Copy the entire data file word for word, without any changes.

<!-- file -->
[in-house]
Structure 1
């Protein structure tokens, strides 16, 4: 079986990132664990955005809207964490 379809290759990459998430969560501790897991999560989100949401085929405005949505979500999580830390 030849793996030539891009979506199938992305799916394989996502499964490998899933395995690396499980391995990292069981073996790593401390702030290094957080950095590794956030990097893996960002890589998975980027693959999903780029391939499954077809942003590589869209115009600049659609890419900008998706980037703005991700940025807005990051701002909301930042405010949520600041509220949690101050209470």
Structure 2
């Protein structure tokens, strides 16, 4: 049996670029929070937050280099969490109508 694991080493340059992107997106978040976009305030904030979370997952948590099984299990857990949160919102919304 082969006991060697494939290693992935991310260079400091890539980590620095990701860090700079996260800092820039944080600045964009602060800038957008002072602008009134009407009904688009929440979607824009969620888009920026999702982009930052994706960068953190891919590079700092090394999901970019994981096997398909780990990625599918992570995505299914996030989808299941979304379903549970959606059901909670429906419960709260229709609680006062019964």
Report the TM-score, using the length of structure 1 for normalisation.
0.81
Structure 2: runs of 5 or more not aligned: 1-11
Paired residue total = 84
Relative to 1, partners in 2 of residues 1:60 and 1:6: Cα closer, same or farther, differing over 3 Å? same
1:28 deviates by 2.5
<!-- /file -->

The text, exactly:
[in-house]
Structure 1
């Protein structure tokens, strides 16, 4: 079986990132664990955005809207964490 379809290759990459998430969560501790897991999560989100949401085929405005949505979500999580830390 030849793996030539891009979506199938992305799916394989996502499964490998899933395995690396499980391995990292069981073996790593401390702030290094957080950095590794956030990097893996960002890589998975980027693959999903780029391939499954077809942003590589869209115009600049659609890419900008998706980037703005991700940025807005990051701002909301930042405010949520600041509220949690101050209470």
Structure 2
């Protein structure tokens, strides 16, 4: 049996670029929070937050280099969490109508 694991080493340059992107997106978040976009305030904030979370997952948590099984299990857990949160919102919304 082969006991060697494939290693992935991310260079400091890539980590620095990701860090700079996260800092820039944080600045964009602060800038957008002072602008009134009407009904688009929440979607824009969620888009920026999702982009930052994706960068953190891919590079700092090394999901970019994981096997398909780990990625599918992570995505299914996030989808299941979304379903549970959606059901909670429906419960709260229709609680006062019964």
Report the TM-score, using the length of structure 1 for normalisation.
0.81
Structure 2: runs of 5 or more not aligned: 1-11
Paired residue total = 84
Relative to 1, partners in 2 of residues 1:60 and 1:6: Cα closer, same or farther, differing over 3 Å? same
1:28 deviates by 2.5